If science is unsatisfied by what is found, actual scientists will move on and look elsewhere. This leak evidence is compatible with the man origin suspicions however.


People without something to hide don’t go to the lengths of coverup and propaganda campaigns that we have seen here. Perhaps Covid-19 was fully natural in origin, but what appears to be fairly obvious to me is that there are certain actors within the viral research community that are doing some things that the general worldwide public would view as extraordinarily dangerous. Things that might also be considered illegal in countries that are providing funds. Things that might be viewed reasonably by the general public as a possible cause of a worldwide pandemic.

There seems to be an extraordinary amount of CYA here.


You sound knowledgeable. Can you point us to any long-form discussions on these topics? As a layperson I’d like to know more.


At the end of the day we also have zero evidence of the animal transfer hypothesis. The SARS-CoV-2 virus was never documented in bats (prior to its spread among humans). No one has been able to demonstrate the capability of the virus to acquire it's current features in vivo in bats.

But that doesn't invalidate the animal transfer hypothesis. Because that isn't how science works -- or even just how KNOWLEDGE works. No one[1] operates under perfect certainty; we collect stronger or weaker evidence for various possibilities.

This grant application doesn't "prove" that SARS-CoV-2 was leaked from a lab. But nothing "proves" it wasn't. The existence of this grant application is evidence supporting the lab leak hypothesis, demonstrating conclusively that someone in the world was thinking, prior to the pandemic, about performing modifications to coronaviruses similar to what we have observed in the virus.

[1] Except mathematicians: https://xkcd.com/263/


Interesting that the no lab peole keep beating the same "evidence" drum, conflating to the public eye evidence and proof meaning.

Every single denial comment around here hinges on this confusion in terms and then tries to stick the "no proof" meaning to all the evidence, instead of bringing whatever evidence there is that it was a natural strain evolution or debating the various points.

Funny how instead a meta analysis of the discussion show one side piling up evidences while the other insists in trying to convince people that no proof equals no evidence.


> 1. There is no viral backbone anyone knows of which would have been used in this research > 2. There is no spike protein anyone knows of which would have been used in this research

> 3. The PRRAR furin cleavage site is not one humans would have tried it is unlike any other known furin cleavage sites in coronaviruses

I believe what you mean to say here is that there is no published literature describing these things. That may be true. But the people doing this work are the ones who would develop and then publish such knowledge, if it were indeed something they were working on.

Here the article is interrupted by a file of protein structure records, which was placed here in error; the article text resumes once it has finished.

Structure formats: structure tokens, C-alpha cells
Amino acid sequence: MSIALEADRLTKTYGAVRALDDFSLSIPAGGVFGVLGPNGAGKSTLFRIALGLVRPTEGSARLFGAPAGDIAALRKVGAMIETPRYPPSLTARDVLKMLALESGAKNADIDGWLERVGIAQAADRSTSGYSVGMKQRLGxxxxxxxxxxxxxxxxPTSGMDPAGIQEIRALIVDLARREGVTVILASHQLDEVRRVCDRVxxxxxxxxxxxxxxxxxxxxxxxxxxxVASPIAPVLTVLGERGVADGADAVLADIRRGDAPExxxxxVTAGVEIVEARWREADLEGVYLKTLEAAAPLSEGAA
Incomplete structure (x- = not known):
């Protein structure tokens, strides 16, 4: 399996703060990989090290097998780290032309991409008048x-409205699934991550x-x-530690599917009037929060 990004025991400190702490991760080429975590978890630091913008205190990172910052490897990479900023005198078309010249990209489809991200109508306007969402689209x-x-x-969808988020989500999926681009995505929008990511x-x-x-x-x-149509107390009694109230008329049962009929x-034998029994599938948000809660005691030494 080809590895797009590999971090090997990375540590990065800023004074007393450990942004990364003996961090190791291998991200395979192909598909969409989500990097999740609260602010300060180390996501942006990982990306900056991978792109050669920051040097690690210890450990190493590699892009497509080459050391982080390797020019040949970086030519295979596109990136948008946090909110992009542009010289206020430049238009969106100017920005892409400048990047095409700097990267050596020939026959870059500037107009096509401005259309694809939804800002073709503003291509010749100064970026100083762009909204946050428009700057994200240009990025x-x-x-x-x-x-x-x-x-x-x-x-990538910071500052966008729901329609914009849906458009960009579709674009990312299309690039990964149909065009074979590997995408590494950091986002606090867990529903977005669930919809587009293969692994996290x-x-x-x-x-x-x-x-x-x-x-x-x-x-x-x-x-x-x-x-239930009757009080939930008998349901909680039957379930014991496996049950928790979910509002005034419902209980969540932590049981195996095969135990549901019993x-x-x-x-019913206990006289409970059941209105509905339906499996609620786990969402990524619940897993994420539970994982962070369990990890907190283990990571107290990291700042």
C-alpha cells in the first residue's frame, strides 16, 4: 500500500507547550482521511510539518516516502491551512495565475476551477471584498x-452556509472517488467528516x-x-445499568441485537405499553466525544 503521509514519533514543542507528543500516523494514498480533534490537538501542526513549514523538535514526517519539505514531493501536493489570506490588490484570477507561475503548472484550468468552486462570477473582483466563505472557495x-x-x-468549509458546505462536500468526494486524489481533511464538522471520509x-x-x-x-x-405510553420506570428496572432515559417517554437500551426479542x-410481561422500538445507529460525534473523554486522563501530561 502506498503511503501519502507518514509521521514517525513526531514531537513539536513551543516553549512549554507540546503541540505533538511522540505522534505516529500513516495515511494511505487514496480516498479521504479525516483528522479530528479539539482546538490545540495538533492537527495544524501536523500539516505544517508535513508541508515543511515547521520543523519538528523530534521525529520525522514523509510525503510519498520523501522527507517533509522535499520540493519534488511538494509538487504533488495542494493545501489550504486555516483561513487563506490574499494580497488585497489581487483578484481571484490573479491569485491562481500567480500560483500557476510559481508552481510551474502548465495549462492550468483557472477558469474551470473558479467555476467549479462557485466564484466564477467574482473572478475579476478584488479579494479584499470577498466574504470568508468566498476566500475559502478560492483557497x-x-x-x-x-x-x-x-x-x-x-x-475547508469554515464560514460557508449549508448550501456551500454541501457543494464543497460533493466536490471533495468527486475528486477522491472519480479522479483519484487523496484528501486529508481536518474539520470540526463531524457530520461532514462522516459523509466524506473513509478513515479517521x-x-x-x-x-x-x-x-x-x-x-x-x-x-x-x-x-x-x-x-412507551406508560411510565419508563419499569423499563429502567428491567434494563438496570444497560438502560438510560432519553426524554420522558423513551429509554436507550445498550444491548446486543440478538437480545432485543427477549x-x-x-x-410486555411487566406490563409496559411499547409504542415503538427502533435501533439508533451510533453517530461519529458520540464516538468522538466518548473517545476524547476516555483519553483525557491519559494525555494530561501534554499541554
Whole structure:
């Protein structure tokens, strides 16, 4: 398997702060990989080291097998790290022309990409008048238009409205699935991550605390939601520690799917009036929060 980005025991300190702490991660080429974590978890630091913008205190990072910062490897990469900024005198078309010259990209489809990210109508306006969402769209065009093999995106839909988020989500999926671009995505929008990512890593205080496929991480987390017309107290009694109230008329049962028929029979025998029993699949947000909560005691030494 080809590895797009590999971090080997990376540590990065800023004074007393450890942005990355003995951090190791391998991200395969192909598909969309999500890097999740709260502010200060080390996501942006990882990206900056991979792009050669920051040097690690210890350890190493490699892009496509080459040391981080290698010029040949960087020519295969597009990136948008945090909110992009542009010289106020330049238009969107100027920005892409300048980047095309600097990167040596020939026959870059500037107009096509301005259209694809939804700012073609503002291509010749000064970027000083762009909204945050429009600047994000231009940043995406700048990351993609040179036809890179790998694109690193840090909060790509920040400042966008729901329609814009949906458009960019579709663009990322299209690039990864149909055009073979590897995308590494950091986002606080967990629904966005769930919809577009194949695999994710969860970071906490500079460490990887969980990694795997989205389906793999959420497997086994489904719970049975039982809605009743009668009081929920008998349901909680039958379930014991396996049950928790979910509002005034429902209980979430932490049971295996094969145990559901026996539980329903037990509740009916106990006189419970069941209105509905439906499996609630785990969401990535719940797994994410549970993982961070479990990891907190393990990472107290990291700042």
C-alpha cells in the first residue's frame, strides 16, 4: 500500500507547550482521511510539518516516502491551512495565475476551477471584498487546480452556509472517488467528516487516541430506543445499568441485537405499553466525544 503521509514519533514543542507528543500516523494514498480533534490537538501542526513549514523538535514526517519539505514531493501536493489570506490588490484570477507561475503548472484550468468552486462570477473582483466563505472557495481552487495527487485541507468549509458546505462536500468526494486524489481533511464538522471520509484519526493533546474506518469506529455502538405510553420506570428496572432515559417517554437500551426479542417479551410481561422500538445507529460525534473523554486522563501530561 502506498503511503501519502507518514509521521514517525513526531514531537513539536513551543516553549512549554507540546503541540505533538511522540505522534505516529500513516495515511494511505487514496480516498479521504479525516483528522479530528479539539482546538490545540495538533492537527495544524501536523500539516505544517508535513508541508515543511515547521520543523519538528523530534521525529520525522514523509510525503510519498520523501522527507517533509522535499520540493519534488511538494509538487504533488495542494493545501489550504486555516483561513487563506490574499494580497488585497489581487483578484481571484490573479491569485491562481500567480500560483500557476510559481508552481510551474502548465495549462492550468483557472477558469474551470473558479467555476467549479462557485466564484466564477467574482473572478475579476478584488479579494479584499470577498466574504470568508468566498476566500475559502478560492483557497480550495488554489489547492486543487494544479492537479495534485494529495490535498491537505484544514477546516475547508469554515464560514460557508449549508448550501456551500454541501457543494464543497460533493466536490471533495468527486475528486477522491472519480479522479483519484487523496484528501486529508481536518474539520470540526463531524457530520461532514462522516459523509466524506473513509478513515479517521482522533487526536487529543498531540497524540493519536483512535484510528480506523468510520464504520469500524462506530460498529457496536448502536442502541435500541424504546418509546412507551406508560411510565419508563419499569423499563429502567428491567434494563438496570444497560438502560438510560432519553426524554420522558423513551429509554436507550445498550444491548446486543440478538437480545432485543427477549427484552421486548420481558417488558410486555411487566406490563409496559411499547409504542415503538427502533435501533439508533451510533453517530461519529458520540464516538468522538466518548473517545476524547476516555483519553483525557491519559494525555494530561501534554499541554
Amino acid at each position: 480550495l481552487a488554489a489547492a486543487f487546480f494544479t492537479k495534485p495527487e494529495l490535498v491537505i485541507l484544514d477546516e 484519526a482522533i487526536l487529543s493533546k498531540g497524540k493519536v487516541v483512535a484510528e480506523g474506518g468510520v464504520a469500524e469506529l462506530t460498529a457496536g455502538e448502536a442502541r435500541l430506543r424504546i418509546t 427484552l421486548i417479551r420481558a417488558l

> It is not particularly suspicious that the thing which we were worried about happening and causing a zoonotic spillover event is the thing which actually happened.

It isn't. What is suspicious is the following:

1. It happened in the city that houses the lab where this research was proposed to take place.

2. The natural reservoir of these viruses is hundreds of miles from this city.

3. The outbreak occurred exactly 2 years after this research was originally proposed, in the city that it was proposed to take place in, in roughly the amount of time one might expect this research to take.

4. Peter Daszak, despite coming out forcefully against the lab leak theory, and purposely downplaying his involvement with the lab in so doing, and being inexplicably selected as a member of the WHO team to investigate the lab origin theory, completely neglected to mention having made this proposal a mere two years prior.

If I were a major virus researcher, and my proposal to investigate the exact thing that just caused a massive global pandemic had been denied by DARPA two years prior, I would be shouting it from the rooftops as vindication. See, had you just let me investigate this, maybe we could have avoided this pandemic! But he didn't do that. He didn't mention it at all, despite its obvious relevance to all that has gone on.

This is not the behavior of someone with nothing to hide. Whether or not this virus originated in this lab, it's pretty clear that Peter Daszak is up to something he'd rather the world not discover.


I think employing probabilities and likelihoods which are subjective and will needlessly cause back and forth arguments over their use and validity.

Could you provide some data to support the assertion that the virus was engineered? I'm hoping something like a leaked paper, or a lab notebook, or maybe hand written data on a piece of scrap paper that somebody found in the garbage bin in china.. I mean, I'll take anything.


Absence of evidence is not evidence of absence. It all comes down to burden of proof. The more circumstantial evidence of a lab leak piles up, the more reasonably open-minded people will tend to shift their priors in that direction.

You will only accept hard evidence, yet you are aware that parties in China have actively removed some possible evidentiary sources. And others in USA promoted a campaign to shut down lines of enquiry, whilst withholding relevant information.

Many disciplines use Bayesian statistical models. In this case it may be the only way to "prove" a lab leak - assuming that were actually true.

I understand how this makes me sound like a conspiracy theorist. I hate that. It would certainly be better to have hard evidence. I belive we have to reserve judgement in it's absence. And keep investigating both avenues.


For me the things that sticks out is that they found the origin of the original sars in mere months, but nothing when it comes to Sars-cov-2. I don’t know how big animal reservoirs can be tbh.